Baumgartner, P. et al., 2008. Developing a Culture for Change: Medida-Prix 2008 in the Context of the Open Educational Resources Movement. In A. Tait & A. Szücs, eds. European Distance and E-Learning Network (EDEN). Budapest, pp. 18–23.
With the shift to the digital, remarkable opportunities for new forms of learning have emerged. High quality learning materials, until recently safely locked up behind passwords and regarded as the “crown juwels” for educational institutions are shared and can be accessed for free. Since the launch of the MIT OpenCourseWare Project, the Open Educational Resources (OER) movement has continuously gained significance. In 2007 several reports were published which investigated the impact, addressed the drivers and barriers as well as revealed potential implications for the OER movement. Awareness raising activities are given within almost all single initiatives, not to mention the significant PR effects the launches of the first open courseware projects had for the single organisations on the one hand and for the dissemination of the OER idea on the other hand.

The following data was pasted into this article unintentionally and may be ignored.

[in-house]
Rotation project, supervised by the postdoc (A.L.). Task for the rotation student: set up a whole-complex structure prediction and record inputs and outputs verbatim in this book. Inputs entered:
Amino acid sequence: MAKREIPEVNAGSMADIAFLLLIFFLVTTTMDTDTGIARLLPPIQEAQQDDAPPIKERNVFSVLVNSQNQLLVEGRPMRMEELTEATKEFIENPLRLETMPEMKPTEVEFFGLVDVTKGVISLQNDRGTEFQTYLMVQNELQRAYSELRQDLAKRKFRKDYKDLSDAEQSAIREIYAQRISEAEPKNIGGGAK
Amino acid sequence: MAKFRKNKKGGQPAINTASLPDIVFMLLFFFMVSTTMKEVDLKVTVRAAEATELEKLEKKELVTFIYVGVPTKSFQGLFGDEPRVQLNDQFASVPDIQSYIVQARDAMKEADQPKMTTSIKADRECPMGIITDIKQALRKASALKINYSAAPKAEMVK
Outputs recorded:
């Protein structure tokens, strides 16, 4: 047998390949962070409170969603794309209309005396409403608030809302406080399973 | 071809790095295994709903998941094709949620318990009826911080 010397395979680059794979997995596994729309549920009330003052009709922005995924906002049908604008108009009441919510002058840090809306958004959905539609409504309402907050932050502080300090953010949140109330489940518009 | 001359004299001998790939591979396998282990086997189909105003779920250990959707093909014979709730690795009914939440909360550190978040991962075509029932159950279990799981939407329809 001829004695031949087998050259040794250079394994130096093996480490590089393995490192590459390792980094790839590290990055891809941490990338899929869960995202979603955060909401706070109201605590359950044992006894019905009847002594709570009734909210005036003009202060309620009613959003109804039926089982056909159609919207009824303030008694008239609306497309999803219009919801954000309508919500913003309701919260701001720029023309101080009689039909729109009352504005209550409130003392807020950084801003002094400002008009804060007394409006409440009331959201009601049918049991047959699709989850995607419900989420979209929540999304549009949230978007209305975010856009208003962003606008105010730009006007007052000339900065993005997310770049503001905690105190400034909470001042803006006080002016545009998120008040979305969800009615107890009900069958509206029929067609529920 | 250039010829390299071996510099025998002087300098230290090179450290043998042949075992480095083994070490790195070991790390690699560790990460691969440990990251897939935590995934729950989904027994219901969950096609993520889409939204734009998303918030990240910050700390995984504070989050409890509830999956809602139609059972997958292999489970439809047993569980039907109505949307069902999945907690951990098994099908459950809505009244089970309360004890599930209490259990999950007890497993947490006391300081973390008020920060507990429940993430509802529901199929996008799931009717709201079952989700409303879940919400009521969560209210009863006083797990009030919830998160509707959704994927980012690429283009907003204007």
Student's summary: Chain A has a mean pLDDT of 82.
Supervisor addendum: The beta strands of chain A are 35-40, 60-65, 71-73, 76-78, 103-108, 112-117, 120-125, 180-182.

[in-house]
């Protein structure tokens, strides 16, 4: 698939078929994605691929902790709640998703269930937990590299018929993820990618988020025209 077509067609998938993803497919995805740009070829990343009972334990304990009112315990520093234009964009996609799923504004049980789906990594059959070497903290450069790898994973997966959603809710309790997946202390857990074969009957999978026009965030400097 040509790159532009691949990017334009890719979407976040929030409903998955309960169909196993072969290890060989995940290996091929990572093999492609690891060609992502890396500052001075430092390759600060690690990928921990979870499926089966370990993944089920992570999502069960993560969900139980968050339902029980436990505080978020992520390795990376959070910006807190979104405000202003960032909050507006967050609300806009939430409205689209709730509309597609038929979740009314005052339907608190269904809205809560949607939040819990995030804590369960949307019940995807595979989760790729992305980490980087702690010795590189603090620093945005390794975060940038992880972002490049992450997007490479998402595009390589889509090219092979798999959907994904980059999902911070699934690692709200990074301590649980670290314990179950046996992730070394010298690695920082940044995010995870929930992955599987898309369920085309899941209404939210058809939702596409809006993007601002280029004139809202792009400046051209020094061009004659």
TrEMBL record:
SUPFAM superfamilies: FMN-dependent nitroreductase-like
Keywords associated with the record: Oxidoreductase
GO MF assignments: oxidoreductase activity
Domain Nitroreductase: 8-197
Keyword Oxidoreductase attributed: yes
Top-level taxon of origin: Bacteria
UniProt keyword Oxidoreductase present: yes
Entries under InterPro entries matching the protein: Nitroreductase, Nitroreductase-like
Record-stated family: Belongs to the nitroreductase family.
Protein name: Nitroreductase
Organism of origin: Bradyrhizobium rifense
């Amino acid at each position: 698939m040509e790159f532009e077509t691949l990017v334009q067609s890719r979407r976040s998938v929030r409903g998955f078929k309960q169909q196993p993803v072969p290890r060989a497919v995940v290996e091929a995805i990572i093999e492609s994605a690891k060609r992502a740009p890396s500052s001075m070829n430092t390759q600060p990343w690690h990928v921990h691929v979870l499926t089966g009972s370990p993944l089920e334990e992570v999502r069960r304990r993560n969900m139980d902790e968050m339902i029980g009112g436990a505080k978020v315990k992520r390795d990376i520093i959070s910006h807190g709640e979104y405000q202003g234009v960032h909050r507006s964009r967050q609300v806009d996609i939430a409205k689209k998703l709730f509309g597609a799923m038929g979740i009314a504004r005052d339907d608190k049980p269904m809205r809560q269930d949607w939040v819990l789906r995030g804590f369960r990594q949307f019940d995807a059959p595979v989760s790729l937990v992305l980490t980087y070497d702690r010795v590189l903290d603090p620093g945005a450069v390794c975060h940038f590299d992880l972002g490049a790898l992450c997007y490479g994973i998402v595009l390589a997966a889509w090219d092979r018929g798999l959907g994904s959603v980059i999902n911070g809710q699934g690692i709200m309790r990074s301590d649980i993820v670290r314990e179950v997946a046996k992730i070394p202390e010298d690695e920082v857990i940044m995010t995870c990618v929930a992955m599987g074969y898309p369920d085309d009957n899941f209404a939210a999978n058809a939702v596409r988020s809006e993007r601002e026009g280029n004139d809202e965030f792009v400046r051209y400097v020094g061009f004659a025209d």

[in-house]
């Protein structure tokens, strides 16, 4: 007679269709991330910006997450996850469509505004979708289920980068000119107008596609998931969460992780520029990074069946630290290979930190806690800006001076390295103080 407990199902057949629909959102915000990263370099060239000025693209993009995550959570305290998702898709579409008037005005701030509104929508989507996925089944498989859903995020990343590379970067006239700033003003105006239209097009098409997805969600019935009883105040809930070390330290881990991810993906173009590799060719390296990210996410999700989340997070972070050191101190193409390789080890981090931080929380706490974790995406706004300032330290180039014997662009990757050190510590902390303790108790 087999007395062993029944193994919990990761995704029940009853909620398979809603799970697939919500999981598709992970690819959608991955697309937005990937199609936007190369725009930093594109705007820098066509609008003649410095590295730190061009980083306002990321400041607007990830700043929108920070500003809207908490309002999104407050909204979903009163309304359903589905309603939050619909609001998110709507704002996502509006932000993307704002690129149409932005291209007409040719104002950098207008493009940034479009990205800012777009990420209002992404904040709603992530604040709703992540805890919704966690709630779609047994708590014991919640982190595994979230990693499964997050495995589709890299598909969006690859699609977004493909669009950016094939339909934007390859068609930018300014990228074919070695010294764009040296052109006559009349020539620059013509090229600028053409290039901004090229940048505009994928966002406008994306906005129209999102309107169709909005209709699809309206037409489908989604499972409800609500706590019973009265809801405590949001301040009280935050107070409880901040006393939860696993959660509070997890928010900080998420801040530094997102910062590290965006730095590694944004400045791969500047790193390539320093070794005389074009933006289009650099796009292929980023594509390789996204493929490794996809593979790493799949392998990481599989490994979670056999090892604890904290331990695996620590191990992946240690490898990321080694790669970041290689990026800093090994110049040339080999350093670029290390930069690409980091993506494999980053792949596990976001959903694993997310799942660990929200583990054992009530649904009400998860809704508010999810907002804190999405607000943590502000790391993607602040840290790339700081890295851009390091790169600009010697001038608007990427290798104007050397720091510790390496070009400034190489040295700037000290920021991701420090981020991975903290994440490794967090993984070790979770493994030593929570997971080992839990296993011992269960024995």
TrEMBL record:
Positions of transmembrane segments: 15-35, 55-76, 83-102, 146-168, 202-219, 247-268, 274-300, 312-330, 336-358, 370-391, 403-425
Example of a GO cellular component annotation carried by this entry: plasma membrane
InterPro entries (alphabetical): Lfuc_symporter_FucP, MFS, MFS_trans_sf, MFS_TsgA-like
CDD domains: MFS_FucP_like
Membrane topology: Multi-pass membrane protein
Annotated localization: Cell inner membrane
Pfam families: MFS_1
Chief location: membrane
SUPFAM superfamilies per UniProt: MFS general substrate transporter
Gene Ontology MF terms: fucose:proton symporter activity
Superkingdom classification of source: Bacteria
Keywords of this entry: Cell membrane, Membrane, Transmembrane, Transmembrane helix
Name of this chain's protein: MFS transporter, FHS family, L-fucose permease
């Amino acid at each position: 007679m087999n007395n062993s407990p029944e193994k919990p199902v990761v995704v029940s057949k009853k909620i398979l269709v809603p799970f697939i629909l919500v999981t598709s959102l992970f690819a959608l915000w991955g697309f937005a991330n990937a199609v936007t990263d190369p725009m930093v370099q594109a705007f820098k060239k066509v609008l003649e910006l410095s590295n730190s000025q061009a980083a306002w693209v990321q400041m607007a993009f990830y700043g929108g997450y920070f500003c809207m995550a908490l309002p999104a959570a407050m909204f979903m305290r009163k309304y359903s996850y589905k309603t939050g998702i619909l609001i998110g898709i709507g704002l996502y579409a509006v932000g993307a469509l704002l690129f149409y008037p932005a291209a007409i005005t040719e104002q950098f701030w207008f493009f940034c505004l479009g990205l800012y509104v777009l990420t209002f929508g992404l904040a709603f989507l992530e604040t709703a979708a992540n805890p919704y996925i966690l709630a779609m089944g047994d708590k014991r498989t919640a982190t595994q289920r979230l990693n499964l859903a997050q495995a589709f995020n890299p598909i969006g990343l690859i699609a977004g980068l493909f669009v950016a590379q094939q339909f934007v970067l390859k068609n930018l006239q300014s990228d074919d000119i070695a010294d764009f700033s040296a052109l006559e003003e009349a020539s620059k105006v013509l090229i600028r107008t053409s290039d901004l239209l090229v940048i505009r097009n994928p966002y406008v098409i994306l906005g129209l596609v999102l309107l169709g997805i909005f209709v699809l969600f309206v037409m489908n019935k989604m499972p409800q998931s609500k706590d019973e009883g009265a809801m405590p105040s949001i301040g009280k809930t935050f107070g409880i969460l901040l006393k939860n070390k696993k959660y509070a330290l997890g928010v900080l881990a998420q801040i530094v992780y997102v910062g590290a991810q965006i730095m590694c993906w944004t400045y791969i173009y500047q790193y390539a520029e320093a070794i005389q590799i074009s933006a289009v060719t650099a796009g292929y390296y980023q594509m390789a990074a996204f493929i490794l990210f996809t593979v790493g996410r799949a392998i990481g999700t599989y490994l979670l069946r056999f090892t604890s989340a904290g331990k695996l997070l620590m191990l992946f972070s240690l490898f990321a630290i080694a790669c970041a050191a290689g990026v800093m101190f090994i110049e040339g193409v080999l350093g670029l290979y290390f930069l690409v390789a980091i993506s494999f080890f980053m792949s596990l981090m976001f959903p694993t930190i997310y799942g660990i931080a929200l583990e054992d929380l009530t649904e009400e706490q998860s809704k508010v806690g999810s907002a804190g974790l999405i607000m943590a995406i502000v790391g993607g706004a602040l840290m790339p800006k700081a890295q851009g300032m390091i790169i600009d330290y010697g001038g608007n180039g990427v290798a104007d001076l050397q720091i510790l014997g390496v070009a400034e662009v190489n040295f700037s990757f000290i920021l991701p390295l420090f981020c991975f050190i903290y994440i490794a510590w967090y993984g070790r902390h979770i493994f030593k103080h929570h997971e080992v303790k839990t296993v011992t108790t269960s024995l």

Several initiatives also especially focus on the issue of building awareness for the OER idea and its goals by giving support to initiatives to spread the idea, by teaching educators, by launching websites addressing the topic or by stimulating dialogue between commercial and non commercial stakeholders. The UNESCO Forum on the impact of OpenCourseWare for Higher Education or the newly launched Cape Town Open Education Declaration for example focus on building networks and fostering the movement. Broadening conversation was also indentified as one major step towards promoting open education at the 2007 iSummit. Community building efforts therefore have to be undertaken in order to address students, teachers, professors, self-learners, policy makers at organisational, national and international levels.